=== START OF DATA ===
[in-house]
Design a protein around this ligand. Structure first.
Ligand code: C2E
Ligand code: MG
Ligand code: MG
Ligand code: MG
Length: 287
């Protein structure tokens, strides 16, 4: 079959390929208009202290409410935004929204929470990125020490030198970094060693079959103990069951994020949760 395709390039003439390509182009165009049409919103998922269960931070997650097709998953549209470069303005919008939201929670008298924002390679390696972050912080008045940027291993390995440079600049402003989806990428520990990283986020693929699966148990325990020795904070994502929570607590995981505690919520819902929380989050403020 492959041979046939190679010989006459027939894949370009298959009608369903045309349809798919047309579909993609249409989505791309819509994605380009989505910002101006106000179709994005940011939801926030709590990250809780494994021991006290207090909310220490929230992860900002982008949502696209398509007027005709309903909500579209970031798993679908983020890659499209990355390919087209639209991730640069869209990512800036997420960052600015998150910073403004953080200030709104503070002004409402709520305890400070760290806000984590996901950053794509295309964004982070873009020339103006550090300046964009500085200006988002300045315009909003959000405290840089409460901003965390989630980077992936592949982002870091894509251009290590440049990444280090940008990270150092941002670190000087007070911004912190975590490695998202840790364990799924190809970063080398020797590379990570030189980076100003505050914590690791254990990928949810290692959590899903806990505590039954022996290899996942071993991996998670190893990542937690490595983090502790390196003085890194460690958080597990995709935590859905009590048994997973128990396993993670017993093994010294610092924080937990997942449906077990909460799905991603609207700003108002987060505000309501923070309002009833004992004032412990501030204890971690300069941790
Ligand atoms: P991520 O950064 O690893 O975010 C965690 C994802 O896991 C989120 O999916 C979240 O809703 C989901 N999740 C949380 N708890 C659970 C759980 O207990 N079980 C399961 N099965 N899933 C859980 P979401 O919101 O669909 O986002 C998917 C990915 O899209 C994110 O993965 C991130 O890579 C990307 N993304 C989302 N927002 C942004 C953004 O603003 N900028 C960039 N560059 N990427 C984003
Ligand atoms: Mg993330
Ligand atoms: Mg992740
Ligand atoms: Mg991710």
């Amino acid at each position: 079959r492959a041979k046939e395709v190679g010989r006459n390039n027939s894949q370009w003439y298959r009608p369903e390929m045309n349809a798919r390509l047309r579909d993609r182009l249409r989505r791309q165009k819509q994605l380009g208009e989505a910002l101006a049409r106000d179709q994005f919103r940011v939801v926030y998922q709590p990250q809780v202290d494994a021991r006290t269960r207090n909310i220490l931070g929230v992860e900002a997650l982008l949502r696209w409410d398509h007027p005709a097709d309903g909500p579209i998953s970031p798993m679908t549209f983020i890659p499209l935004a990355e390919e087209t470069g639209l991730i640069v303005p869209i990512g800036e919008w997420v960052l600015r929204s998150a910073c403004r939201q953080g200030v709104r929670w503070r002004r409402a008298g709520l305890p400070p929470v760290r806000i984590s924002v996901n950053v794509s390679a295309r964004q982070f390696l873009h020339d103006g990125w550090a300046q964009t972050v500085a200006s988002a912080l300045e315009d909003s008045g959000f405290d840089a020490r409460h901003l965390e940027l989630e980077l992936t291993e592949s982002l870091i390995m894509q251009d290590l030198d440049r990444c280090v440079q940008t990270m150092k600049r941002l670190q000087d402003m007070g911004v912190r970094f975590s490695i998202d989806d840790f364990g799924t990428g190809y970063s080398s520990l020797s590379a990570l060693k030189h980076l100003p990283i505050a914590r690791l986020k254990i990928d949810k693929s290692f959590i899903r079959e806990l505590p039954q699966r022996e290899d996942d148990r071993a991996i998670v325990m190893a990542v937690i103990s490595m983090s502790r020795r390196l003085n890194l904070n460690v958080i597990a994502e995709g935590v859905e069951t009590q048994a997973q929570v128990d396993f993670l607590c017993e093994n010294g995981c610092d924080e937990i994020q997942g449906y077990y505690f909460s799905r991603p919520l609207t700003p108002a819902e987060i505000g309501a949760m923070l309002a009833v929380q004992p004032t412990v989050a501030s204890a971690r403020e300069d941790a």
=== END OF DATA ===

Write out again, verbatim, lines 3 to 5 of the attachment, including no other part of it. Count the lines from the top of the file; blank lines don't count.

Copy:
Ligand code: C2E
Ligand code: MG
Ligand code: MG